Online Sales Tax Problem Is Resolving Itself
States already collect most online sales tax
August 8, 2012
Online and offline businesses currently collect sales taxes for every state where the business has a physical presence. If there's a Walmart anywhere in New York and a resident of that state buys a product online from Walmart.com, the Web site collects sales taxes for New York. The same goes for Amazon in New York, Texas, and California—and they'll collect for half the U.S. population by 2014.
New tax burdens will not save Main Street retailers challenged by big-box chains and Amazon. Consumers shop online for lower prices, better selection, and convenience—not to avoid paying sales tax, which is usually offset by shipping costs.
Legislative proposals like the Mainstreet Fairness Act will do more harm than good, especially when this problem is largely resolving itself. Today, 17 of the top 20 E-retailers—the big guys that are the biggest threat to local stores—already collect sales tax for more than 38 states.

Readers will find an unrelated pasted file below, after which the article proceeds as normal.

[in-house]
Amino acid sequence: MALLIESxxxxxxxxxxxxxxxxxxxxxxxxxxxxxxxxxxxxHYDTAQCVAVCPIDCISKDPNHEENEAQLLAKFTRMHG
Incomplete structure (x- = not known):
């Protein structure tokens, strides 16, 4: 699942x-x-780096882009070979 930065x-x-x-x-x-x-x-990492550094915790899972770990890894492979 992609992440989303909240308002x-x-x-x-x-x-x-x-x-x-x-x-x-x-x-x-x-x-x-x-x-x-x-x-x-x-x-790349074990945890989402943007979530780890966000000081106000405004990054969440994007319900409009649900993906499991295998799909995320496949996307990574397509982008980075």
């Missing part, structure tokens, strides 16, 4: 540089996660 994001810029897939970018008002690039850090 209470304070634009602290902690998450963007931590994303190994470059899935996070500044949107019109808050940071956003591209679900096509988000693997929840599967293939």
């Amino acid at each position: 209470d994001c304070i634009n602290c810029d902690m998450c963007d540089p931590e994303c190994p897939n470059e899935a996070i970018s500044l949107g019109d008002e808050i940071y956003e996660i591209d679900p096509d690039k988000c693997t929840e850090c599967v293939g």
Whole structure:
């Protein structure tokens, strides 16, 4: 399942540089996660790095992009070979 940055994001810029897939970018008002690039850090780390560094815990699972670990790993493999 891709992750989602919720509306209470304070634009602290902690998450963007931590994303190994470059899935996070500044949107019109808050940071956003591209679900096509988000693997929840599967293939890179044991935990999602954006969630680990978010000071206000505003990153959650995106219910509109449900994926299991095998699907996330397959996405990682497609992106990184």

But state tax collectors still want Congress to grant them authority to unleash a new and untested Internet tax system on businesses across the country.
The Supreme Court torpedoed this idea in 1992, citing the unreasonable cost and complexity for business owners. That prompted states to try establishing a simple and uniform sales tax system. But after a decade of trying, the states have failed to simplify collection and administrative burdens. So they're begging Congress to grant them new taxing powers now, whether it's simple or not.
Congress should not make that mistake, since it'll only encourage states to export more of their tax burdens.
States really want more tax revenue, but they won't find their pot of gold in a new Internet tax scheme. Uncaptured sales tax is less than one half of 1 percent of current state and local tax revenues.
If this new Internet tax system won't solve state budget woes and would cost small businesses 17 cents for every dollar they collect, who's pushing this idea?
Those giant brick-and-click retailers who'd like to raise costs for their rivals. Rest assured, none of the folks bankrolling this lobbying effort are losing sleep over the plight of America's small Main Street stores.